Complementary Process Operation

4

2

4

4

4

18

Refurbishment, Recycling, Disposal

4

1

3

4

4

16

Total

19

11

15

16

17

78


Resource Provisioning: The main resources for such a plant would only include water. Since water is abundant in nature a perfect score was given. A perfect score was also given to energy use as solar energy is abundant and the amount of energy used in a plant is insignificant compared to the total incident energy. Residues were given perfect scores as oxygen is the lone byproduct of the process.

Process Implementation: Primary materials required for a plant would include glass, titanium oxide, plastic, and steel, all of which are abundant in nature. A score of three was given to as these materials would probably be virgin. A score of zero was given to energy use as the production of glass as steel and mining of titanium oxide are all highly energy intensive processes. Solid residues was also given a zero as mining of titanium oxide and other raw material for production of steel and glass creates vast amounts of solid residues. A score of one was given to liquid and solid residues as glass production creates liquid residues while steel production produces NOx, SOx, and VOCs.

Process Operation: Material choice is given a perfect score since only water is consumed during the process. Energy use was also given perfect score as production is controlled through software. The primary process does not create any residues as oxygen; the only byproduct from the process is not considered as harmful emission. However, hydrogen cells require cleaning. Therefore a score of three was given to liquid residues while perfect scores were given to solid and gaseous residues.

Complementary Process Operation: Complementary process in a hydrogen plant is the storage of hydrogen. This process does not require material input, however it requires a large amount of energy. Therefore material choice was given a four while energy use only received a two. The compression process does not create any residues and a score of four was given to all residues accordingly.

Refurbishment, Recycling, Disposal: Material choice received perfect score of four as glass, plastic, and steel which accounts for most of the primary material needed in the process are recyclable. However, energy use was given a one as glass and steel components are high density material which requires a large amount of energy to transport. Solid residues was given a three as components such as titanium oxide films would not be recycled. There are no notable liquid or gaseous residues from hydrogen cells. Therefore a score of four was given.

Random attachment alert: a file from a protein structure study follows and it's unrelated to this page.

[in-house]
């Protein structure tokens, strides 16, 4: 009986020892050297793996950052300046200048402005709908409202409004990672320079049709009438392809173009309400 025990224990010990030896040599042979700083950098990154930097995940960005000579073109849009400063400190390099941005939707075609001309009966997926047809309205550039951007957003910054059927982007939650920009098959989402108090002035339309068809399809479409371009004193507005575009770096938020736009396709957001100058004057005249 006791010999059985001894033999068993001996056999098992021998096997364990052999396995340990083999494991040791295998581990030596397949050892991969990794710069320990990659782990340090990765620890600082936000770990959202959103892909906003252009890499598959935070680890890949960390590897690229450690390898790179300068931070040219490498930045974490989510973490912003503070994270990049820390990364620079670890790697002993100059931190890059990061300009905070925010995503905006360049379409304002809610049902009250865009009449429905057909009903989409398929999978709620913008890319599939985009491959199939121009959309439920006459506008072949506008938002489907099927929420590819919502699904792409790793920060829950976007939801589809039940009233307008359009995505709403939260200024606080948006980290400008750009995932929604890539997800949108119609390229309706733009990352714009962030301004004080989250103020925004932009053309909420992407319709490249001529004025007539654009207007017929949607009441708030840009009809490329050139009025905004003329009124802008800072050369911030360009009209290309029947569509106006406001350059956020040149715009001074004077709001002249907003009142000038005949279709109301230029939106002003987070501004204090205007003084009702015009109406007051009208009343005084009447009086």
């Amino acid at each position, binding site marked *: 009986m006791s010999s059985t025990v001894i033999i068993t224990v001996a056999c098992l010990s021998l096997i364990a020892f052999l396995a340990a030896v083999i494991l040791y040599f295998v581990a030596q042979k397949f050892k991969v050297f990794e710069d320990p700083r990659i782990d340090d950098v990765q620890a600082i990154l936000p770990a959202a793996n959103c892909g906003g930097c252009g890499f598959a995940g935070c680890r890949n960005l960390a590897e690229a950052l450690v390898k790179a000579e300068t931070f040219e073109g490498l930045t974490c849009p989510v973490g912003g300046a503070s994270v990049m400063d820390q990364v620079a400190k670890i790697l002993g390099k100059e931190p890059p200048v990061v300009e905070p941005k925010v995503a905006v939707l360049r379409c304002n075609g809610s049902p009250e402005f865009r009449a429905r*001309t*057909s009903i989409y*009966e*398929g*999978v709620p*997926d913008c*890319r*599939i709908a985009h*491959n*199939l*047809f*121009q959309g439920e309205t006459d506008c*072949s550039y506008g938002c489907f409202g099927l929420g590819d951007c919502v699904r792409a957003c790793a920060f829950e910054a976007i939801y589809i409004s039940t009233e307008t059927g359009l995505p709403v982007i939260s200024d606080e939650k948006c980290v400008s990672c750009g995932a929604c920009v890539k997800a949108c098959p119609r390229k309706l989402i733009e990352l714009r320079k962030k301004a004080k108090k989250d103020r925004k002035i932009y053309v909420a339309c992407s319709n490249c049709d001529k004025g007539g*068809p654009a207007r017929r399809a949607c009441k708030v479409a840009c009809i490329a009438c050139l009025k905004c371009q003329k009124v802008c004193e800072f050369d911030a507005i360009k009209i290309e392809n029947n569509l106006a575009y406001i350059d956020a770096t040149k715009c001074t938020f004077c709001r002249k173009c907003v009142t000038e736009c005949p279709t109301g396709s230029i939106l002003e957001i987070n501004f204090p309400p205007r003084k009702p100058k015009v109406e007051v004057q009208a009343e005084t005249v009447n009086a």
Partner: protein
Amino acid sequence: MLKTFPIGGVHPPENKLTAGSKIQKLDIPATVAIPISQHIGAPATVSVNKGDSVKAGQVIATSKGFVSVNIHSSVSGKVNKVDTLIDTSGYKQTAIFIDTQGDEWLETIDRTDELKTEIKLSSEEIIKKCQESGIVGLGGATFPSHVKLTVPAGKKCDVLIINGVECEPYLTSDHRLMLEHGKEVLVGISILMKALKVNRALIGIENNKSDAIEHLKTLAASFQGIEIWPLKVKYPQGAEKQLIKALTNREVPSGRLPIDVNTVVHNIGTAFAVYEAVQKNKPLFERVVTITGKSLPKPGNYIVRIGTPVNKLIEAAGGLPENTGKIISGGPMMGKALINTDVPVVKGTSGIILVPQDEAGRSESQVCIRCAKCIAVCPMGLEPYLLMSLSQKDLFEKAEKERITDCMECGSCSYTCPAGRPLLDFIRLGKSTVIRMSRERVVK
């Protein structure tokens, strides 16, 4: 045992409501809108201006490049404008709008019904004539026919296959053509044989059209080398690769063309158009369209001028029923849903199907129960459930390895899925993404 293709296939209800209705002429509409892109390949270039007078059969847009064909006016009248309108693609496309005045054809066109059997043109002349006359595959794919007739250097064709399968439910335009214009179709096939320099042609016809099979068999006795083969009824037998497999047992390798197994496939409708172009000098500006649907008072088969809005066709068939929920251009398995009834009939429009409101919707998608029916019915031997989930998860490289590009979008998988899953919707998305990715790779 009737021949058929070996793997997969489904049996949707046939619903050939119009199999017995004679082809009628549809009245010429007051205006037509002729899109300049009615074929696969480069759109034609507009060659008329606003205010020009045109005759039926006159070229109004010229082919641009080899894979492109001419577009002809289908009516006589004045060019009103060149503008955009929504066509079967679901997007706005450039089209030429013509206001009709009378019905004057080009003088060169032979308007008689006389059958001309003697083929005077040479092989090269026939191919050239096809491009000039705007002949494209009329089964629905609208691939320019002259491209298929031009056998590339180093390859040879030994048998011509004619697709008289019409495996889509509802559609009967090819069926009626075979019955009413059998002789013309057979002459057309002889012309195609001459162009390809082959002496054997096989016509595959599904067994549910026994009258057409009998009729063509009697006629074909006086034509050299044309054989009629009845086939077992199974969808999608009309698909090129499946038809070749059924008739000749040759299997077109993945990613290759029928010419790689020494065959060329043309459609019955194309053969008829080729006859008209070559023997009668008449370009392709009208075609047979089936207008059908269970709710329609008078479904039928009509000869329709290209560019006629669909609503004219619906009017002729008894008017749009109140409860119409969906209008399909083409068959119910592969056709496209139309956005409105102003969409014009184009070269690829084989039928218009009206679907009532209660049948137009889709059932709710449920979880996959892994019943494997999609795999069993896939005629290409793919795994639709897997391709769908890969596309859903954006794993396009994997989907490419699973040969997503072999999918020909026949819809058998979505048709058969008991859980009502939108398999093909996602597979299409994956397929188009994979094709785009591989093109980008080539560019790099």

Details on Cost Analysis[edit]

The cost is varied between each hydrogen plant. According to The Hydrogen Plant Challenge, the costs components vary for different plant size. For the scope of this project, a typical hydrogen plant size of 90 mmscfd is used as it is considered to have more environmental impact [13]. In addition, a reasonable assumption is made to estimate the costs of a hydrogen generation plant as stated in Hydrocarbon Engineering. An annual production of approximately 72000 tons, or 200 tons per day.

Steam Methane Reforming [edit]

The overall hydrogen production cost could be estimated over the life of the hydrogen plant, including the construction, operation and maintenance phase of the hydrogen plant. The major operating cost is the utility costs, including generation of export steam, power, fuel, boiler feed water and cooling water where fuel and feed contribute most to the utility costs. It is noticeable that the utility cost could be lowered if the refinery utility costs are favourable of steam production. Other costs such as capital cost, start up cost, operating costs (including replacement costs) and maintenance costs are also needed to be considered in the life cycle. Since the natural gas price fluctuates, it is impossible to obtain the actual natural gas price, so only an estimate is given.

The following is the summary of the direct costs based on calculations using Capital Recovery Factor= 0.054047 and Annualized cost = 0.41697 calculated from future costs for catalyst tube replacement at 10th and 20th year

 

 

Initial cost

(US$ mil)

Annualized cost

(US$ mil)

Utility costs

 

45.38148

Construction cost

$55

2.972585

labour

 

 

12

Tube replacement

 4 at 10th  and 20th years

0.41697

Maintenance

 

0.97539

Total

 

 

61.74643

Indirect costs: